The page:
Amber Ebarb, analyst for the National Congress of American Indians, stated in a news report, (http://www.foxnews.com/politics/2013/03/16/tribes-plan-for-worst-with-looming-budget-cuts/)
“While food distribution, welfare programs and health care services that serve the needy are exempt from the cuts, similar services on reservations aren’t,” she said. “…it’s outrageous that tribes are subject to these across-the-board cuts.”
According to the report, Rep. Don Young (R-AK) and Rep. Raul Grijalva (D-AZ) are urging colleagues to spare Indian Country from the budget cuts. Clara Pratte, director of the Navajo Nation’s D.C. office, said tribal leaders should press Congress to make funding for Indian programs mandatory, not discretionary. “I’m talking about grandmas, grandpas, kids under the age of 10. We can’t very well expect them to go to work.”
Elizabeth Sharon Morris, Chairwoman of the Christian Alliance for Indian Child Welfare, disagrees that funding should be mandatory or that most of it goes to the elderly and children.
“With the varied reports across the nation of corruption and abuse within tribal government, (example – http://www.pbs.org/wgbh/pages/frontline/kind-hearted-woman/ ) – to continue the charade that taxpayer money is unquestionably well managed and appropriately used to serve the needy within Indian Country is unconscionable. Instead of the BIA attempting to “make it hurt” in order to keep outlandish budgets, let’s ensure that all elderly and children from across the nation, no matter their heritage or location, are the number one priority and are well cared fo, while instead, cutting out the real waste and corruption that we know exists within bureaucratic budgets.”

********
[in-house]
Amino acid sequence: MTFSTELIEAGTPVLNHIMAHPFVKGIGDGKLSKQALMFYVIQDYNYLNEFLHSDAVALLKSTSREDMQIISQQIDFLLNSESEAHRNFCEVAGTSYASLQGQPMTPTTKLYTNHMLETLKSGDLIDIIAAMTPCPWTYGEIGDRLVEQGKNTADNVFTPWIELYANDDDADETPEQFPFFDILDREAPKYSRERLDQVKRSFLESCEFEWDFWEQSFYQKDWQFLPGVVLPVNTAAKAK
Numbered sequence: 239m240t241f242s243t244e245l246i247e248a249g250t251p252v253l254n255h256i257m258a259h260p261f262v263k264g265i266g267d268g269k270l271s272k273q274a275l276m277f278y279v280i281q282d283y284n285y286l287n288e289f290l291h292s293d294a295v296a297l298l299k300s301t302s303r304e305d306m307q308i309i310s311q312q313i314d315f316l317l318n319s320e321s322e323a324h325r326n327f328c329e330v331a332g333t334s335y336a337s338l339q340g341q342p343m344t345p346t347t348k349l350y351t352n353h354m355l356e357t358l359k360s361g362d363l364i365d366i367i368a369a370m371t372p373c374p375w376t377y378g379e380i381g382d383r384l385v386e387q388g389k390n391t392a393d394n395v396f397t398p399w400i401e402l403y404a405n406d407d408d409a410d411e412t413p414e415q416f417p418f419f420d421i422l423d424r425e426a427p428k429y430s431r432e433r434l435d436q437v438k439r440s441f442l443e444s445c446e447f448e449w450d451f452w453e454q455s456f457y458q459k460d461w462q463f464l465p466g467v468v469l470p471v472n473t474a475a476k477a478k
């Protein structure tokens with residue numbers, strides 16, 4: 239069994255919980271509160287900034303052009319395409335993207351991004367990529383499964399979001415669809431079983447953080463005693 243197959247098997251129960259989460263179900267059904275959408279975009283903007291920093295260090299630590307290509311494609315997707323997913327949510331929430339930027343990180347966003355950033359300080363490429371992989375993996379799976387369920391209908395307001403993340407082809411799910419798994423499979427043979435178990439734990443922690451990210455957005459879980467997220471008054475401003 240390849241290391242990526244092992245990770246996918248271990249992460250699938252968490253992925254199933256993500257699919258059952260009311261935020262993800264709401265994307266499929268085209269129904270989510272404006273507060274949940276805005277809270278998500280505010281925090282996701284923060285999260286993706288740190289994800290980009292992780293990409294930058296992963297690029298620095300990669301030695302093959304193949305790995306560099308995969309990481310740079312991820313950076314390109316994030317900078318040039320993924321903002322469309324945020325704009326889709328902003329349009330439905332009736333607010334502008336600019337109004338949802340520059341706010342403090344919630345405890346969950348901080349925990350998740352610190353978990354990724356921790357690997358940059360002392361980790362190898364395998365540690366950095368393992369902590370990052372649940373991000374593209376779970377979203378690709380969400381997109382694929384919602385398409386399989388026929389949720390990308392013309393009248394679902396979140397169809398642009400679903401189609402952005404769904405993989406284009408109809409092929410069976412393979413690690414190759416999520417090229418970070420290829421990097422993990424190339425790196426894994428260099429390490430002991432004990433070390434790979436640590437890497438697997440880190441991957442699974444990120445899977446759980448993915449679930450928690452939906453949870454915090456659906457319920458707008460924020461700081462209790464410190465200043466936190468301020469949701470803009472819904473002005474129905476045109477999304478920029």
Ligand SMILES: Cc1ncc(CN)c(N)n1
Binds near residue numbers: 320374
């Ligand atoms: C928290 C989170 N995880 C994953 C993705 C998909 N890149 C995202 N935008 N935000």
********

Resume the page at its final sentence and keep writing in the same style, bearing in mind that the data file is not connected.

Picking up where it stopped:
Money used under questionable circumstances is illustrated in part in the accounts of tribal leaders of the Leech Lake Reservation in Minnesota. Many charges on the card statements (http://freepdfhosting.com/d0394560b2.pdf, & http://freepdfhosting.com/5738f18be4.pdf ) are local charges – not traveling charges.
Gang activity is also rampant in Indian Country, http://abcnews.go.com/US/wireStory/verdict-reached-minnesota-indian-gang-trial-18765999#.UVDMJ1fxlGo – yet Red Lake Chairman Floyd Jourdain Jr. states that he will cut the police force rather than unnecessary expenditures – or swollen salaries of tribal leadership. If this is the conventional stewardship of federal funds, there is no doubt there needs to be cuts:
Further, the BIA, like many federal programs, is a bloated institution with questionable purpose in an age when we prefer to recognize and respect functional adults for their capability to make their own life decisions. Cutting some of the funding to it is in America’s best interest.